Agile methodologies, like most flexible yet powerful systems, rely on knowing exactly where things stand. You may not know exactly what’s coming in the future, but you know what you’ve already got, and roughly how close work in process is to done. This is one of the many reasons short iterations are a good idea. Not only do you know on a frequent basis (the end of each iteration) where you stand, but if what was done is acceptable to the stakeholders (and QA) and can really be considered done. The product backlog tells you what needs to be done in the future (based on current knowledge, which may change, and that’s OK) and the iteration backlog tells you what’s done and what needs to be done now. The burndown chart shows how things are going inside the iteration.
It’s often said that a broken watch is right twice a day (the joke presumes a mechanical analog watch). With a complex processes involving lots of parties like software development, misinformation can be much worse than no information at all, because you don’t know what you don’t know, so you make plans based on lies. Here are some bad practices to watch out for:
- The list of requirements must be complete when the iteration begins. Significant changes to requirements inside an iteration invalidates all the planning that went into it. In my current day job, we’re trying to prevent this by having the UI team develop mock-ups and have them approved the sprint before the work is to be done.
- The list of tasks for a story must be complete and fully described. I have seen iterations destroyed just because the planners forgot to task out creation of test data. I’ve also personally experienced work stoppage because a task was insufficiently defined, and the stakeholder with the details was out of town.
- Done has to mean done. And Done has to include the code being checked into source control, QA testing what’s in source control, and ideally integration tests. The mindset of “It compiles, so let’s ship it” creates the worst kind of technical debt.
When I compare Agile to Waterfall to people with no Agile knowledge at all, I often compare a torpedo to a boat. A torpedo will usually get to where it’s going quickly, but if the target moves (market changes, company changes focus, customer changes focus), or if anything does go wrong (available resources change, regulatory changes), the torpedo is most likely not going to be very effective. It’s pretty “fire and forget”, so there’s no way to change course, or even tell that it’s no longer heading towards where the target now is. A boat, on the other hand, moves slower than a torpedo, but is steerable and even stoppable. It may (or may not) take more time to get where it’s going, but when it’s done it’s much more likely to be where you need it (the product does what the customer currently needs, whether that matches what the original goal or not).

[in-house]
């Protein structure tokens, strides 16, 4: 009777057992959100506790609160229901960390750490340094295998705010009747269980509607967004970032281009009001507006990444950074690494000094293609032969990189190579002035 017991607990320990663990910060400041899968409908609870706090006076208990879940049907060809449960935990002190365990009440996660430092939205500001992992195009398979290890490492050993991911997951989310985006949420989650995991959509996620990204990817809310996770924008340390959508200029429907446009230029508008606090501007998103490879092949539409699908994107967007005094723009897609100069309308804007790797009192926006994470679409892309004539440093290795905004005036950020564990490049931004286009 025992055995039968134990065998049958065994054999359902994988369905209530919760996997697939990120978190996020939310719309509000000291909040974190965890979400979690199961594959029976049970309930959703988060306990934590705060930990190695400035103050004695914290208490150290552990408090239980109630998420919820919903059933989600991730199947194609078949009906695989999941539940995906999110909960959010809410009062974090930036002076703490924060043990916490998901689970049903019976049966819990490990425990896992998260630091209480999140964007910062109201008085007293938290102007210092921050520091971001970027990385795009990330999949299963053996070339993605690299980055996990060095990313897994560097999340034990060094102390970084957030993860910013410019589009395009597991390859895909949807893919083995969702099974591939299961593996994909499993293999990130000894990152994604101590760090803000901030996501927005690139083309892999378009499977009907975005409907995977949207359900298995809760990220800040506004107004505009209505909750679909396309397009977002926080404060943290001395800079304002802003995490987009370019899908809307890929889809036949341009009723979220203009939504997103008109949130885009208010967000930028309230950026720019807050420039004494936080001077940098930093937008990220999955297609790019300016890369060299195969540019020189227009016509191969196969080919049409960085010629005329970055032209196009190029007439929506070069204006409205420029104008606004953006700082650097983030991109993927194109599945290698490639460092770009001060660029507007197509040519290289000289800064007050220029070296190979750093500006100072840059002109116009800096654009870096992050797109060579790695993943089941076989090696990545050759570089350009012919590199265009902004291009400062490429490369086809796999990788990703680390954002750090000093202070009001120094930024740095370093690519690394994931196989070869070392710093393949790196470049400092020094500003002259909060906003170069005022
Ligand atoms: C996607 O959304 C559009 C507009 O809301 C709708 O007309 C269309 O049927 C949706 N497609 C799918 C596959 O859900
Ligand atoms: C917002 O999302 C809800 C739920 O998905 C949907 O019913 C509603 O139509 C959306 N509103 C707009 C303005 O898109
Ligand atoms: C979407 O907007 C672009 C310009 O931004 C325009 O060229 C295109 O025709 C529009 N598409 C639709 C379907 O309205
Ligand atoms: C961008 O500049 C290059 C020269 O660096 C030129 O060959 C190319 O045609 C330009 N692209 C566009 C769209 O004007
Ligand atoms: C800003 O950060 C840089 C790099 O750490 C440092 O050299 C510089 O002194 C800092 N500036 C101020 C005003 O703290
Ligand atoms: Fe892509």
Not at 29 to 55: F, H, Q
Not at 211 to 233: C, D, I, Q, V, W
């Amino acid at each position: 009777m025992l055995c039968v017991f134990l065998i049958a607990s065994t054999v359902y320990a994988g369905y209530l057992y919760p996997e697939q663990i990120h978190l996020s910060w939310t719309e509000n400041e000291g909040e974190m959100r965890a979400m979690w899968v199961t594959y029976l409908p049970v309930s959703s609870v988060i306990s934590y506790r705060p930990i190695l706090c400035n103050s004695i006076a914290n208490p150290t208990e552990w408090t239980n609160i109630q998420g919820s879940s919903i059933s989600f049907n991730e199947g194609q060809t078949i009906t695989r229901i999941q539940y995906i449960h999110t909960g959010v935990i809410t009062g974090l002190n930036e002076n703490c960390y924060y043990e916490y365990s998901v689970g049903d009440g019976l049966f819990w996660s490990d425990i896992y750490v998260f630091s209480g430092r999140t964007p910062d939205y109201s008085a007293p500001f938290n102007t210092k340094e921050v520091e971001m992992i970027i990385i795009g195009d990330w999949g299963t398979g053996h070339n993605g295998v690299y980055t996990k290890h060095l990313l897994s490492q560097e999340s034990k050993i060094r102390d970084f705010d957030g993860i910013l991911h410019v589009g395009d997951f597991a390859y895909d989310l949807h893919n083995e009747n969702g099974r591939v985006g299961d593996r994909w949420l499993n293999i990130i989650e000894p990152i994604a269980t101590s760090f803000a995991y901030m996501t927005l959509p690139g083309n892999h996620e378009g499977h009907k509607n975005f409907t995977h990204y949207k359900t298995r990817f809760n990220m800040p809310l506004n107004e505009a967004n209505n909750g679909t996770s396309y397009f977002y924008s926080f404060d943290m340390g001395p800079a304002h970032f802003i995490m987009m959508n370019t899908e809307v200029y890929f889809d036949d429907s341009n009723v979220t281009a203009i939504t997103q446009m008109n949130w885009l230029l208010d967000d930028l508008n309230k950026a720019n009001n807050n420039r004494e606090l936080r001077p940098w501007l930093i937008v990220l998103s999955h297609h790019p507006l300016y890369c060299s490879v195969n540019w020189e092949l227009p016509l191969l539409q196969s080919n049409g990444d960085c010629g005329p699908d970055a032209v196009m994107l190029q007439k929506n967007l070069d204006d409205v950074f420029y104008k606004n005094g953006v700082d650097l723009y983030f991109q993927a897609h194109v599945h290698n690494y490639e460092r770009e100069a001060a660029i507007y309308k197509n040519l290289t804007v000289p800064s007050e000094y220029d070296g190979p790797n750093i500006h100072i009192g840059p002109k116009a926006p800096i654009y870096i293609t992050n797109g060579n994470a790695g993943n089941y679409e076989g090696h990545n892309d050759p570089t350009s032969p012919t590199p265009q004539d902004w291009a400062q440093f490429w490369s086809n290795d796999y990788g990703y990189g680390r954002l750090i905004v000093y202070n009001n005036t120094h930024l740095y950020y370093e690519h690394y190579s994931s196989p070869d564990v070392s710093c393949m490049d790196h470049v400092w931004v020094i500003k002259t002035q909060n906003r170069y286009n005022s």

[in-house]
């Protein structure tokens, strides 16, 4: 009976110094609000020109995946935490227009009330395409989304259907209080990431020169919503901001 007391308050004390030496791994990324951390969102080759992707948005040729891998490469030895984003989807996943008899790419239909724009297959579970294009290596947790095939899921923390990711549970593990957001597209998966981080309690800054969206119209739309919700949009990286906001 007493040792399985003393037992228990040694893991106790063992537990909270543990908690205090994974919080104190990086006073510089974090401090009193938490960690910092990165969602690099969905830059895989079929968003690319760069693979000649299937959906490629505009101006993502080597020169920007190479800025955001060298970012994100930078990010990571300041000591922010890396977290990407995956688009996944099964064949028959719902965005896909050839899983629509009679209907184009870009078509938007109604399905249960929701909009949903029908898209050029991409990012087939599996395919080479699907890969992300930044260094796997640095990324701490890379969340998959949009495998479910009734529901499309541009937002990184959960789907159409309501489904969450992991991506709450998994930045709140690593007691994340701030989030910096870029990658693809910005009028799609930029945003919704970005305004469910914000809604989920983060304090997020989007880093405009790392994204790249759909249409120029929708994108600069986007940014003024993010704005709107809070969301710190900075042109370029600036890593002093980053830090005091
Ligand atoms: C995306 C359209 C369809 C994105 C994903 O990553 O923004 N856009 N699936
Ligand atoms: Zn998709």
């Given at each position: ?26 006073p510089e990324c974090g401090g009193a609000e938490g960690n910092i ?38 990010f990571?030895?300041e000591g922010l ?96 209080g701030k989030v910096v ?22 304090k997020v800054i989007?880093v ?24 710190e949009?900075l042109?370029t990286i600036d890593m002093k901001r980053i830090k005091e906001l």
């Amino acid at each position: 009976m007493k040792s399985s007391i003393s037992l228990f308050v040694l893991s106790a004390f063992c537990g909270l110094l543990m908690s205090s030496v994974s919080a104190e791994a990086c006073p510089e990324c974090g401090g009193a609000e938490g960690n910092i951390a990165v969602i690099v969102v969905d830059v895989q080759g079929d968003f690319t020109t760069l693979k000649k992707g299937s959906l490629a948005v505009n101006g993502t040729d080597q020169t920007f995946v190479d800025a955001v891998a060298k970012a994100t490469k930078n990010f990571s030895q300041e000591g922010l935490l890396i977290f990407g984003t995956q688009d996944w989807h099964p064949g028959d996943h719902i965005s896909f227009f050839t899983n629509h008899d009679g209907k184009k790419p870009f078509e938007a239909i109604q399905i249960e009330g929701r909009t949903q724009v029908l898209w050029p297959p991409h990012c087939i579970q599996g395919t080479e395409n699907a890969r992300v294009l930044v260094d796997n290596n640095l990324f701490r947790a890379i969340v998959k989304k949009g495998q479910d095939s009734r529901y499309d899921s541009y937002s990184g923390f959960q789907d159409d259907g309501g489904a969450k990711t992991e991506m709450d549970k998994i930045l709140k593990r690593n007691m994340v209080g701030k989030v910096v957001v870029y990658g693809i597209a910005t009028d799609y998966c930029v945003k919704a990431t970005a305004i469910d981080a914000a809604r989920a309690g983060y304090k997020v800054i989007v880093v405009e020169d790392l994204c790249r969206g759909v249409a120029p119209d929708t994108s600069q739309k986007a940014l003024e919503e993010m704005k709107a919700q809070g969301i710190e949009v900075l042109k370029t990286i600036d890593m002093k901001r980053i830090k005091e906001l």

If the pilot of the boat doesn’t know where the boat is or how fast it’s going, it can end up anywhere, and just like the torpedo, the pilot won’t know until it’s too late to correct the boat’s course.
I’ll leave you with a real-world example I experienced. A previous employer of mine developed a very large product that was really a platform to build applications from. Each customer needed very heavy customization to make it suit their needs. The product was designed to be that flexible. The problem was that this process could take seven months or more before the system could pass user acceptance and we could get paid. The company decided the solution was to develop several application templates for different target markets to use as a starting point to greatly speed up deployment. That sounds like a sensible solution, right? The problem is they spent more than $600,000 and close to a year to decide what those templates should be (you read that right, that’s just the market research to figure out what they should be, not the coding to develop them). In that time, the market had totally changed, and their results no longer matched what their potential customers would need.